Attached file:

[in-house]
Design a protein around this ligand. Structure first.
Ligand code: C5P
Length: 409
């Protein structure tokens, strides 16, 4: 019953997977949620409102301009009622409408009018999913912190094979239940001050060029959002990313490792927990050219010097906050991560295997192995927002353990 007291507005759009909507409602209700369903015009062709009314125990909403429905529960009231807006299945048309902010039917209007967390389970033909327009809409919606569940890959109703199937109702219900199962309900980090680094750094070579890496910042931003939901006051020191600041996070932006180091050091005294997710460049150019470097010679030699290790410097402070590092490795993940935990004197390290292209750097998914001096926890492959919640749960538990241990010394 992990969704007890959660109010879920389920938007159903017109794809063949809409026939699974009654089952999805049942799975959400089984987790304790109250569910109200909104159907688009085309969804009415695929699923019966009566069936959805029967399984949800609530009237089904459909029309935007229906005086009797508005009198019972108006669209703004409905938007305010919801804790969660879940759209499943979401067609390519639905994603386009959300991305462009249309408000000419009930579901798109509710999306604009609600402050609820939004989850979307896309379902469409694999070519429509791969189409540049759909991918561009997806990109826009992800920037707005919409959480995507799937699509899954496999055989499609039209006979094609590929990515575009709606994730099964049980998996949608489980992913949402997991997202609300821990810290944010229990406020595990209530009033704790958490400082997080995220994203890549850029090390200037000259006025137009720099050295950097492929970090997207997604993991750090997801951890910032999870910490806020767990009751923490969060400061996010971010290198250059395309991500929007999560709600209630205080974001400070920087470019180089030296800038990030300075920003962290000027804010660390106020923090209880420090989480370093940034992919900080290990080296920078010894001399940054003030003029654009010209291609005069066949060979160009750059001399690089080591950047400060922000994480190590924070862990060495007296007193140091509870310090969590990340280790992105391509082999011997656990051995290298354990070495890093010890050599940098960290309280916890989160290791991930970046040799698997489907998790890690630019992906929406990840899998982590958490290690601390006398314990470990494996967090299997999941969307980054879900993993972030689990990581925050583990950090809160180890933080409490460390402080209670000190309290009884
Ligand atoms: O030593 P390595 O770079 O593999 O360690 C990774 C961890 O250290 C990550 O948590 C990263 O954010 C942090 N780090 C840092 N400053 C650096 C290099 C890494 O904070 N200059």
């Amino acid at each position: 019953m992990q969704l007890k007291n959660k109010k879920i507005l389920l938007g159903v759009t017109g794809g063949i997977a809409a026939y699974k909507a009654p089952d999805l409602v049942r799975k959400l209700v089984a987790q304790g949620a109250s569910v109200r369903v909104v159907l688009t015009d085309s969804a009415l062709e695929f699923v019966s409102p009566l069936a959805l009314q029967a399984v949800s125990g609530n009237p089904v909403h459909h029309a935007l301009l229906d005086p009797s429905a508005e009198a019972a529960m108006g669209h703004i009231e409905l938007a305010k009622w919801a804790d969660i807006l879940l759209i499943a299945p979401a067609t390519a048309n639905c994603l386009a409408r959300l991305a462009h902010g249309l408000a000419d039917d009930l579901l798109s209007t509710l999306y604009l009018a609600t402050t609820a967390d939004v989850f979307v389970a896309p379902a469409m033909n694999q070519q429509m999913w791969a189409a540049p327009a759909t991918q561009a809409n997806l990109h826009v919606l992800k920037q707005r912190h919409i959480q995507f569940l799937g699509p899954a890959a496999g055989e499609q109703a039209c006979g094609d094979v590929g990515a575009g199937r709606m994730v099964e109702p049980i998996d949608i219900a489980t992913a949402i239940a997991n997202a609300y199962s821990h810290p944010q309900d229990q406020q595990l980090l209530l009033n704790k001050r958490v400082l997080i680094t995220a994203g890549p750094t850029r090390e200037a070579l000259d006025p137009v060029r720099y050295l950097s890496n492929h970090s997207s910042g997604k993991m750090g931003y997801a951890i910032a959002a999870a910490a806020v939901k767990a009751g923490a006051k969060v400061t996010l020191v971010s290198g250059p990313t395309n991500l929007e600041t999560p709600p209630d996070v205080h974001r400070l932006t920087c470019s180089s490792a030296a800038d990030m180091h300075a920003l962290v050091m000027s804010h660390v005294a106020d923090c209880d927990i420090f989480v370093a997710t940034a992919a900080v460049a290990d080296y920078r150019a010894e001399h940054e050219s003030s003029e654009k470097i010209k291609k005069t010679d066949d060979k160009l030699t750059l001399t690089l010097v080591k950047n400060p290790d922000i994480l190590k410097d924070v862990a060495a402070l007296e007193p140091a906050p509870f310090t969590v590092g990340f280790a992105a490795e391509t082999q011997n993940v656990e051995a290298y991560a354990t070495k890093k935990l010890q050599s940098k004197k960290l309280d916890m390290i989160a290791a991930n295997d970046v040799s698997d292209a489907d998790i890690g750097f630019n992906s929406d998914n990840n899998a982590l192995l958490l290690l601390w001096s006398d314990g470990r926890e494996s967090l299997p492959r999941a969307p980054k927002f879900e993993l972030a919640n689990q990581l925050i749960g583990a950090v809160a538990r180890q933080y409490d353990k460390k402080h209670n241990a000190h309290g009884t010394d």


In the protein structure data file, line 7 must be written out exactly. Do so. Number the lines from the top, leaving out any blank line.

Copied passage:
């Amino acid at each position: 019953m992990q969704l007890k007291n959660k109010k879920i507005l389920l938007g159903v759009t017109g794809g063949i997977a809409a026939y699974k909507a009654p089952d999805l409602v049942r799975k959400l209700v089984a987790q304790g949620a109250s569910v109200r369903v909104v159907l688009t015009d085309s969804a009415l062709e695929f699923v019966s409102p009566l069936a959805l009314q029967a399984v949800s125990g609530n009237p089904v909403h459909h029309a935007l301009l229906d005086p009797s429905a508005e009198a019972a529960m108006g669209h703004i009231e409905l938007a305010k009622w919801a804790d969660i807006l879940l759209i499943a299945p979401a067609t390519a048309n639905c994603l386009a409408r959300l991305a462009h902010g249309l408000a000419d039917d009930l579901l798109s209007t509710l999306y604009l009018a609600t402050t609820a967390d939004v989850f979307v389970a896309p379902a469409m033909n694999q070519q429509m999913w791969a189409a540049p327009a759909t991918q561009a809409n997806l990109h826009v919606l992800k920037q707005r912190h919409i959480q995507f569940l799937g699509p899954a890959a496999g055989e499609q109703a039209c006979g094609d094979v590929g990515a575009g199937r709606m994730v099964e109702p049980i998996d949608i219900a489980t992913a949402i239940a997991n997202a609300y199962s821990h810290p944010q309900d229990q406020q595990l980090l209530l009033n704790k001050r958490v400082l997080i680094t995220a994203g890549p750094t850029r090390e200037a070579l000259d006025p137009v060029r720099y050295l950097s890496n492929h970090s997207s910042g997604k993991m750090g931003y997801a951890i910032a959002a999870a910490a806020v939901k767990a009751g923490a006051k969060v400061t996010l020191v971010s290198g250059p990313t395309n991500l929007e600041t999560p709600p209630d996070v205080h974001r400070l932006t920087c470019s180089s490792a030296a800038d990030m180091h300075a920003l962290v050091m000027s804010h660390v005294a106020d923090c209880d927990i420090f989480v370093a997710t940034a992919a900080v460049a290990d080296y920078r150019a010894e001399h940054e050219s003030s003029e654009k470097i010209k291609k005069t010679d066949d060979k160009l030699t750059l001399t690089l010097v080591k950047n400060p290790d922000i994480l190590k410097d924070v862990a060495a402070l007296e007193p140091a906050p509870f310090t969590v590092g990340f280790a992105a490795e391509t082999q011997n993940v656990e051995a290298y991560a354990t070495k890093k935990l010890q050599s940098k004197k960290l309280d916890m390290i989160a290791a991930n295997d970046v040799s698997d292209a489907d998790i890690g750097f630019n992906s929406d998914n990840n899998a982590l192995l958490l290690l601390w001096s006398d314990g470990r926890e494996s967090l299997p492959r999941a969307p980054k927002f879900e993993l972030a919640n689990q990581l925050i749960g583990a950090v809160a538990r180890q933080y409490d353990k460390k402080h209670n241990a000190h309290g009884t010394d």